While this assessment offers valuable insight, other factors, like an organization’s industry or business, may also influence financial literacy to some extent. Participants in financial services organizations may find it easier to handle these choices because they feel familiar with investments, but it’s important not to make assumptions. You may find participants making better investment decisions in other organizations.

Expanding the plan’s fund lineup really comes down to balancing the need for coverage across asset classes and investment styles while managing the risk of choice overload and naïve allocations.

Many plans offer a heavy equity allocation with few fixed income options. Should plans offer more fixed income options and, if so, how many?

Stempien: An overweighting to equity options sends a message to participants that equities are more important than fixed income. But fixed income inherently plays an important role in investment lineups, particularly for those participants thinking about a distribution strategy. Having more equal footing between equities and fixed income signals the relative importance of fixed income investing in the plan.

 

With the rise of target-date funds, do you see core fund lineups going away?

Stempien: Higher adoption of target-date funds seems to point to an overall decline in usage of core funds. It’s possible that core funds may start disappearing from investment menus. On the other hand, I could see the argument for offering more choice in the investment menu for that small population of participants who wish to maintain autonomy over their investments, as opposed to a target-date option.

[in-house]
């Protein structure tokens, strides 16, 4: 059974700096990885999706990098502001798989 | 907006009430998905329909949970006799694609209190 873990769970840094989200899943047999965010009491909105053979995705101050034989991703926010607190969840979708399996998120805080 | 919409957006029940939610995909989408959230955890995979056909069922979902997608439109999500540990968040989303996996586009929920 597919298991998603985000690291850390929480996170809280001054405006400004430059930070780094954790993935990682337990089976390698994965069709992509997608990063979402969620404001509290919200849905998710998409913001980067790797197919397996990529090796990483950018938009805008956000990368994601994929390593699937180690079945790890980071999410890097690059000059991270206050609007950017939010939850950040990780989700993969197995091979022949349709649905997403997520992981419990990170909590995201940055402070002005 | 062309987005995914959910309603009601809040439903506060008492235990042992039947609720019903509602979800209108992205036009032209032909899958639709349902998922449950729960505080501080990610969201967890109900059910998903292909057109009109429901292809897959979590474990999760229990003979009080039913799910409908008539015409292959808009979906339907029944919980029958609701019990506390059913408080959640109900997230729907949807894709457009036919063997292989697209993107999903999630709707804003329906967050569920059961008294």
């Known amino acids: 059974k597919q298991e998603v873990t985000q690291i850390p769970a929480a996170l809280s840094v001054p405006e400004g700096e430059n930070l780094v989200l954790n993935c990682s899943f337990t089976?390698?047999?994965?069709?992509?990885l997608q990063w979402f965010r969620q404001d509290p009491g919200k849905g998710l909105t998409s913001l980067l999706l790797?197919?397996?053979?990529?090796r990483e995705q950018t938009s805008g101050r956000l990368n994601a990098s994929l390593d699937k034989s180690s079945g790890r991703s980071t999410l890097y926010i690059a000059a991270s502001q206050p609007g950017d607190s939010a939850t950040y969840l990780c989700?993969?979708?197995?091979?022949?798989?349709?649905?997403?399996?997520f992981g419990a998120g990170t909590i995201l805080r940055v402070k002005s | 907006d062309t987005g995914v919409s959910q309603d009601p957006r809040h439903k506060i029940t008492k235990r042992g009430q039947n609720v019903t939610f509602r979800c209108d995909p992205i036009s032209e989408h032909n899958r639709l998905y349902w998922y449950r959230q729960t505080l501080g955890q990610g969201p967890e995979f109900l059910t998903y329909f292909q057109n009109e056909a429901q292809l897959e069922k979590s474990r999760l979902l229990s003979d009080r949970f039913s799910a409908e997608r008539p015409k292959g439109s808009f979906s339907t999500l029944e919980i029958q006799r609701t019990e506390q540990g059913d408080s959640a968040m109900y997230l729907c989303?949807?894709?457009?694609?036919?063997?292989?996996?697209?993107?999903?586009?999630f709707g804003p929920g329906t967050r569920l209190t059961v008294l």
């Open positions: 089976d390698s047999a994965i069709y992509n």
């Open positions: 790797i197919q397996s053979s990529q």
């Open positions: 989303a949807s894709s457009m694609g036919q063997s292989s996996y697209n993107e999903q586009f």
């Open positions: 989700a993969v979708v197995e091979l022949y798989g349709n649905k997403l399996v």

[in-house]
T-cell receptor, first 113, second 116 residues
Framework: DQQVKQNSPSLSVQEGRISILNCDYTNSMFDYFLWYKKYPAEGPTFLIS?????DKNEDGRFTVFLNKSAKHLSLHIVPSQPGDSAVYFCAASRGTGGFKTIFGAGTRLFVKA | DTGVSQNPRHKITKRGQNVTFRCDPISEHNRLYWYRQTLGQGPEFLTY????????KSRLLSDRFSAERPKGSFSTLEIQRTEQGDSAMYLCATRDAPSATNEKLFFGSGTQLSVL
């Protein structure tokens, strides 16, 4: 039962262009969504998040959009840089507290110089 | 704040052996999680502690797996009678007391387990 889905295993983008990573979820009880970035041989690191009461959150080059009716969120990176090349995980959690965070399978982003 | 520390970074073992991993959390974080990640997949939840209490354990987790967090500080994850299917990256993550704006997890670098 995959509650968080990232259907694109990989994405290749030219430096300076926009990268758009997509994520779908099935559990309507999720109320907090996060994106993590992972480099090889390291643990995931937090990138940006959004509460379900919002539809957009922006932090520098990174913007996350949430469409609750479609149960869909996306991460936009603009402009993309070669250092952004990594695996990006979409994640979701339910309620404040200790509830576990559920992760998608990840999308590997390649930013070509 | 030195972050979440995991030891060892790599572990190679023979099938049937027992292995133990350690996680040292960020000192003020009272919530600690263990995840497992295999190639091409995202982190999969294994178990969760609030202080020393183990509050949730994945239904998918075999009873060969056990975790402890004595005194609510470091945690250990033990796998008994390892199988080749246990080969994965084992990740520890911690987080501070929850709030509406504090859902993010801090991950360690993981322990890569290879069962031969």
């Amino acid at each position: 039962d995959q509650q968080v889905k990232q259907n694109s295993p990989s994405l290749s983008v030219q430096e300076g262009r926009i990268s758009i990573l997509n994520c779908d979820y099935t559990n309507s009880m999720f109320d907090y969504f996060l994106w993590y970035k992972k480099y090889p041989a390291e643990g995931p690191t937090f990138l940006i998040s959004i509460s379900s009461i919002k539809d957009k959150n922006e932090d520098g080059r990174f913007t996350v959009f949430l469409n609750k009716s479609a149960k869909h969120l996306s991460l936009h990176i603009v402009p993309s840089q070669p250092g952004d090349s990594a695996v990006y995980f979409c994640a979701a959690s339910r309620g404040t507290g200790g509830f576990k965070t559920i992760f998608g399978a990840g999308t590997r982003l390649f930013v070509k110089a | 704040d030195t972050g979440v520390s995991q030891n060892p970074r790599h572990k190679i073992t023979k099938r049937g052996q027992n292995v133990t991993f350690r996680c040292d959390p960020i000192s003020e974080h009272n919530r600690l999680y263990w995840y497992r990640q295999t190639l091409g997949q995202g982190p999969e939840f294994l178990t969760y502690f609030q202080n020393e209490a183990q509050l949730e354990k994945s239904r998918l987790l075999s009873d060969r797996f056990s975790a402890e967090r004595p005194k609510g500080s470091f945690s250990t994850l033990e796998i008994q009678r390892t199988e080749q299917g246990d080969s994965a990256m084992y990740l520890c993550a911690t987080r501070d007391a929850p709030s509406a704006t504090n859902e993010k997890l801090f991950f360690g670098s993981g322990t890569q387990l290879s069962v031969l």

How should plan sponsors evaluate and monitor their funds?

Stempien: When selecting and retaining funds, plan sponsors have a fiduciary obligation to follow the prudent man rule, and not necessarily to provide the best performing fund. They need to work closely with their consultants or advisors, who will evaluate the fund from a quantitative standpoint (e.g., performance consistency, style consistency, manager tenure and expenses) and also from a fundamental standpoint. It’s important to ensure that the investment process is repeatable and that the management team has a demonstrated track record of skills and capability, among the many qualitative factors to consider. When it comes to ongoing monitoring, this same criteria should be used to show a track record for continuing to meet the criteria used to make the initial selection for the plan.

As part of ongoing monitoring, it may be wise to consider maintaining a log of funds not selected during manager searches. Tracking the results for the path not taken can help evaluate the quality of the decision-making regarding the plan investment options as a learning opportunity for the plan sponsor and consultant alike.
 


 

The views expressed are those of Jerry Stempien of Morningstar, are subject to change and may differ from those of the firm as a whole. These opinions are not intended to be a forecast of future events, a guarantee of future results or investment advice. All data referenced are from sources believed to be reliable but cannot be guaranteed.  Lincoln National Corporation is not affiliated with Morningstar.